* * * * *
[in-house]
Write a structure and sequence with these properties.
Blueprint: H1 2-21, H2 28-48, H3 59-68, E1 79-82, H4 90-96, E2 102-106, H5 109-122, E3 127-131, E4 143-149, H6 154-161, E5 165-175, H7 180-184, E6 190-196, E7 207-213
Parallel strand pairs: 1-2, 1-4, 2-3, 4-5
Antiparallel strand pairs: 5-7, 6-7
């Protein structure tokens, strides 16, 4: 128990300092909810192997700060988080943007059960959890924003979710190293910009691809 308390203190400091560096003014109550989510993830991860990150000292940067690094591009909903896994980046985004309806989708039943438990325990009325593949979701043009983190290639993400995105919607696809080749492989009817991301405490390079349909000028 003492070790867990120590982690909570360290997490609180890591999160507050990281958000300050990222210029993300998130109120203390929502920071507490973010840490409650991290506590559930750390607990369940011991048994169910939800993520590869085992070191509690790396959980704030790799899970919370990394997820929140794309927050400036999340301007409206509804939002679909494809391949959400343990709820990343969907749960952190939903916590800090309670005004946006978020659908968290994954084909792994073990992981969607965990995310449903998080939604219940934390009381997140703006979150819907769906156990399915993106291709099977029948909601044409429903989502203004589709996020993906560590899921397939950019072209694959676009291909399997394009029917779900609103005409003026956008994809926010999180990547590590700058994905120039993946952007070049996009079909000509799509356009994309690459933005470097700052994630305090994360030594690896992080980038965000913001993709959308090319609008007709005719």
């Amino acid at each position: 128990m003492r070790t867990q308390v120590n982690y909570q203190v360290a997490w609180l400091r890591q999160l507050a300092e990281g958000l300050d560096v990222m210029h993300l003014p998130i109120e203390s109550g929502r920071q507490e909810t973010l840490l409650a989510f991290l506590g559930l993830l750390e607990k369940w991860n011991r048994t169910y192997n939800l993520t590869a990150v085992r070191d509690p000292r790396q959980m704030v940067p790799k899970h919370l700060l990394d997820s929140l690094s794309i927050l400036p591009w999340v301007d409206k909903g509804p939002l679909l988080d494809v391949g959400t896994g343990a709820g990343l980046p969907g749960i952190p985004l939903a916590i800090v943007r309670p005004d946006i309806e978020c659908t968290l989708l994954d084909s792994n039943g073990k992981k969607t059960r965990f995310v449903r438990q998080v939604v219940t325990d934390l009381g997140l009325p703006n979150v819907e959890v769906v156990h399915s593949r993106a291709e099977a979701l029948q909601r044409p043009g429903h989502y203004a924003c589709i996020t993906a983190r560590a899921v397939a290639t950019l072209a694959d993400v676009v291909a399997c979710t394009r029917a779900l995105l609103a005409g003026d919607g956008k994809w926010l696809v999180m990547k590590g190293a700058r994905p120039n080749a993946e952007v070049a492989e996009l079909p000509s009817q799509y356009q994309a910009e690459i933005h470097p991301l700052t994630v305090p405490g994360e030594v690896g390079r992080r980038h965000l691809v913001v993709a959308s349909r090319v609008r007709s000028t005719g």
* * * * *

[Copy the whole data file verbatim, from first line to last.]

[in-house]
Write a structure and sequence with these properties.
Blueprint: H1 2-21, H2 28-48, H3 59-68, E1 79-82, H4 90-96, E2 102-106, H5 109-122, E3 127-131, E4 143-149, H6 154-161, E5 165-175, H7 180-184, E6 190-196, E7 207-213
Parallel strand pairs: 1-2, 1-4, 2-3, 4-5
Antiparallel strand pairs: 5-7, 6-7
């Protein structure tokens, strides 16, 4: 128990300092909810192997700060988080943007059960959890924003979710190293910009691809 308390203190400091560096003014109550989510993830991860990150000292940067690094591009909903896994980046985004309806989708039943438990325990009325593949979701043009983190290639993400995105919607696809080749492989009817991301405490390079349909000028 003492070790867990120590982690909570360290997490609180890591999160507050990281958000300050990222210029993300998130109120203390929502920071507490973010840490409650991290506590559930750390607990369940011991048994169910939800993520590869085992070191509690790396959980704030790799899970919370990394997820929140794309927050400036999340301007409206509804939002679909494809391949959400343990709820990343969907749960952190939903916590800090309670005004946006978020659908968290994954084909792994073990992981969607965990995310449903998080939604219940934390009381997140703006979150819907769906156990399915993106291709099977029948909601044409429903989502203004589709996020993906560590899921397939950019072209694959676009291909399997394009029917779900609103005409003026956008994809926010999180990547590590700058994905120039993946952007070049996009079909000509799509356009994309690459933005470097700052994630305090994360030594690896992080980038965000913001993709959308090319609008007709005719």
């Amino acid at each position: 128990m003492r070790t867990q308390v120590n982690y909570q203190v360290a997490w609180l400091r890591q999160l507050a300092e990281g958000l300050d560096v990222m210029h993300l003014p998130i109120e203390s109550g929502r920071q507490e909810t973010l840490l409650a989510f991290l506590g559930l993830l750390e607990k369940w991860n011991r048994t169910y192997n939800l993520t590869a990150v085992r070191d509690p000292r790396q959980m704030v940067p790799k899970h919370l700060l990394d997820s929140l690094s794309i927050l400036p591009w999340v301007d409206k909903g509804p939002l679909l988080d494809v391949g959400t896994g343990a709820g990343l980046p969907g749960i952190p985004l939903a916590i800090v943007r309670p005004d946006i309806e978020c659908t968290l989708l994954d084909s792994n039943g073990k992981k969607t059960r965990f995310v449903r438990q998080v939604v219940t325990d934390l009381g997140l009325p703006n979150v819907e959890v769906v156990h399915s593949r993106a291709e099977a979701l029948q909601r044409p043009g429903h989502y203004a924003c589709i996020t993906a983190r560590a899921v397939a290639t950019l072209a694959d993400v676009v291909a399997c979710t394009r029917a779900l995105l609103a005409g003026d919607g956008k994809w926010l696809v999180m990547k590590g190293a700058r994905p120039n080749a993946e952007v070049a492989e996009l079909p000509s009817q799509y356009q994309a910009e690459i933005h470097p991301l700052t994630v305090p405490g994360e030594v690896g390079r992080r980038h965000l691809v913001v993709a959308s349909r090319v609008r007709s000028t005719g």